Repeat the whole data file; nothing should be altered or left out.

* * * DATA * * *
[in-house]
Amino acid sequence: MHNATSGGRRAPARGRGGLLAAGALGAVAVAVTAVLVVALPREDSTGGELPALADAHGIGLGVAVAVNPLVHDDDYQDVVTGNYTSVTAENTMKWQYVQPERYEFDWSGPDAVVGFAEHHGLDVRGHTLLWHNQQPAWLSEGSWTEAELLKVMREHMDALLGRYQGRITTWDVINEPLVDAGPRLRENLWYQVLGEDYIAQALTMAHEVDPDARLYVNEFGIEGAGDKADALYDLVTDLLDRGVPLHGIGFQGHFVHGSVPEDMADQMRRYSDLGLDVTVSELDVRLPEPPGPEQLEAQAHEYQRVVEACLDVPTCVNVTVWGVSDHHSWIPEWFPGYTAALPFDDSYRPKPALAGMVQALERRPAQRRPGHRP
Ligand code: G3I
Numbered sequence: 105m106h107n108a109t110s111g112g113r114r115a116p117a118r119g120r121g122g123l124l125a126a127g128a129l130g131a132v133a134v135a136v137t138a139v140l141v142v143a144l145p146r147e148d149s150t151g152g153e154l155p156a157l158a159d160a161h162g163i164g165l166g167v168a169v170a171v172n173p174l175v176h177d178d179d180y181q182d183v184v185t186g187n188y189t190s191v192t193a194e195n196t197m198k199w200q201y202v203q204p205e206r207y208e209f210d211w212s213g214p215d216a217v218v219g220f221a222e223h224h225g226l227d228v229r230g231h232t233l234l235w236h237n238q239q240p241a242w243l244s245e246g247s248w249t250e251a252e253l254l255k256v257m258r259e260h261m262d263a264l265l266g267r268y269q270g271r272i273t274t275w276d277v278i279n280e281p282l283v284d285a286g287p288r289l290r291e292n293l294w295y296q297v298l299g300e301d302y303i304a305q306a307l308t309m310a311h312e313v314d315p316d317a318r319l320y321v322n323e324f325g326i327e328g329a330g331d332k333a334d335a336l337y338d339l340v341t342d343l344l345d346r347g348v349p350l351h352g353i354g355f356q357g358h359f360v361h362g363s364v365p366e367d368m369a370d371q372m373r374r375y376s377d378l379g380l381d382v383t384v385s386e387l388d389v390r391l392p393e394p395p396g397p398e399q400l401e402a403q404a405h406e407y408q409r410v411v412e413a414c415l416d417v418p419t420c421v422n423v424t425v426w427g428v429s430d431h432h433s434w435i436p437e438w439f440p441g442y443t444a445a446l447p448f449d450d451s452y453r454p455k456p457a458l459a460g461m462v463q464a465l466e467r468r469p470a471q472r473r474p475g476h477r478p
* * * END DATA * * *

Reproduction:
[in-house]
Amino acid sequence: MHNATSGGRRAPARGRGGLLAAGALGAVAVAVTAVLVVALPREDSTGGELPALADAHGIGLGVAVAVNPLVHDDDYQDVVTGNYTSVTAENTMKWQYVQPERYEFDWSGPDAVVGFAEHHGLDVRGHTLLWHNQQPAWLSEGSWTEAELLKVMREHMDALLGRYQGRITTWDVINEPLVDAGPRLRENLWYQVLGEDYIAQALTMAHEVDPDARLYVNEFGIEGAGDKADALYDLVTDLLDRGVPLHGIGFQGHFVHGSVPEDMADQMRRYSDLGLDVTVSELDVRLPEPPGPEQLEAQAHEYQRVVEACLDVPTCVNVTVWGVSDHHSWIPEWFPGYTAALPFDDSYRPKPALAGMVQALERRPAQRRPGHRP
Ligand code: G3I
Numbered sequence: 105m106h107n108a109t110s111g112g113r114r115a116p117a118r119g120r121g122g123l124l125a126a127g128a129l130g131a132v133a134v135a136v137t138a139v140l141v142v143a144l145p146r147e148d149s150t151g152g153e154l155p156a157l158a159d160a161h162g163i164g165l166g167v168a169v170a171v172n173p174l175v176h177d178d179d180y181q182d183v184v185t186g187n188y189t190s191v192t193a194e195n196t197m198k199w200q201y202v203q204p205e206r207y208e209f210d211w212s213g214p215d216a217v218v219g220f221a222e223h224h225g226l227d228v229r230g231h232t233l234l235w236h237n238q239q240p241a242w243l244s245e246g247s248w249t250e251a252e253l254l255k256v257m258r259e260h261m262d263a264l265l266g267r268y269q270g271r272i273t274t275w276d277v278i279n280e281p282l283v284d285a286g287p288r289l290r291e292n293l294w295y296q297v298l299g300e301d302y303i304a305q306a307l308t309m310a311h312e313v314d315p316d317a318r319l320y321v322n323e324f325g326i327e328g329a330g331d332k333a334d335a336l337y338d339l340v341t342d343l344l345d346r347g348v349p350l351h352g353i354g355f356q357g358h359f360v361h362g363s364v365p366e367d368m369a370d371q372m373r374r375y376s377d378l379g380l381d382v383t384v385s386e387l388d389v390r391l392p393e394p395p396g397p398e399q400l401e402a403q404a405h406e407y408q409r410v411v412e413a414c415l416d417v418p419t420c421v422n423v424t425v426w427g428v429s430d431h432h433s434w435i436p437e438w439f440p441g442y443t444a445a446l447p448f449d450d451s452y453r454p455k456p457a458l459a460g461m462v463q464a465l466e467r468r469p470a471q472r473r474p475g476h477r478p